So, having said that – I’ve kept my sp_helpindex8 more pure ;-). What I want to see is EXACTLY what’s stored in that index. In fact, this has always been my main goal. The first version (sp_helpindex2) added INCLUDED columns (2005+) as well as filter definitions (2008) to the output. So, what was missing? The added columns that SQL Server might have to add if a nonclustered is nonunique and/or when the clustering key is nonunique. The reason this is so important to me is that there are many things coming together and recommending indexes (DTA, the missing index DMVs, application tools, etc.) and while many of these tools are solely there to “help” us get better performance and “help” us create more effective indexing strategies – these tools sometimes recommend the same index over and over again (see Paul’s recent blog post: Missing index DMVs bug that could cost your sanity… about the bug in the missing index DMVs) OR the tools might recommend similar indexes to what we already have.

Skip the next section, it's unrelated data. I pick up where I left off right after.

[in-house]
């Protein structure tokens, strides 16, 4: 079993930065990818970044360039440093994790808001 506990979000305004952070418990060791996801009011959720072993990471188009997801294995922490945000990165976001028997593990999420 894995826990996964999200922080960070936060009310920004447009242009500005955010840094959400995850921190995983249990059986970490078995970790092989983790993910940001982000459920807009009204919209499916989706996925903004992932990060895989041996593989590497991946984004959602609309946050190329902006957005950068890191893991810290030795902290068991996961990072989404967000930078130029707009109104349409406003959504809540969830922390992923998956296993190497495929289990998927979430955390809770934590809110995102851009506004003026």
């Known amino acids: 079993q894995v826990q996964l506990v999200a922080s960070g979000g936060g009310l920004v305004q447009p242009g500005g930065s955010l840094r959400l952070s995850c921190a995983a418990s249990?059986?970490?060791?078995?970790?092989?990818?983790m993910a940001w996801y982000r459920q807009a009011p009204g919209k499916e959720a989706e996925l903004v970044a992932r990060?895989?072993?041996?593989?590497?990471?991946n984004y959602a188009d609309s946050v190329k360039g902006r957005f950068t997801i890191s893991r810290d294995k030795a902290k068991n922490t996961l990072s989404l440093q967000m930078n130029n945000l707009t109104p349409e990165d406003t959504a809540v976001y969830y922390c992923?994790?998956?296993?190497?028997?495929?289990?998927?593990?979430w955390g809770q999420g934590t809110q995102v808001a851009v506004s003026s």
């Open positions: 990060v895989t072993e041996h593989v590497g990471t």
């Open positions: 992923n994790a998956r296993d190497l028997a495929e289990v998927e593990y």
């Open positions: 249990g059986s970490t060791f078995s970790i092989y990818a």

Additionally, the output from sp_helpindex/2 only shows the columns that are EXPLICITLY defined in the key and in the leaf (using INCLUDE) but they don’t show what SQL adds for you. Most folks know that SQL Server adds the clustering key to the nonclustered indexes and when you have a simple single-column clustering key it’s not difficult to know that this IS “there” in your index even though it doesn’t show up. But, even with that, I think there are still a few things that are lesser known. For example, if your nonclustered index is nonunique – did you know that the clustering key is not only added to the leaf level of the index (like INCLUDE does) but that the clustering key is added into the tree (as part of the key and ordering?). And, if have one index that lists this clustering key explicitly and another that doesn’t – are you actually going to be able to easily tell that these are in fact the SAME. Ultimately, I want you to be able to better recognize what’s REALLY in that index. What you might end up seeing is that two indexes are more similar than you first thought and as a result – maybe you can drop one of them. Or, you might be able to combine them to reduce your overall indexes (I call this index consolidation). And, all of this becomes significantly more challenging when you have more complex clustering keys (and, yes, they do exist!). The other thing I did is delimit the columns and index names properly using brackets. This is also nice because you might have identifiers that make the output of sp_helpindex/2 hard to read. This should help. However, I do have to admit that you probably have other problems if your index/column names have commas, spaces or brackets in them. But, this should still help/work.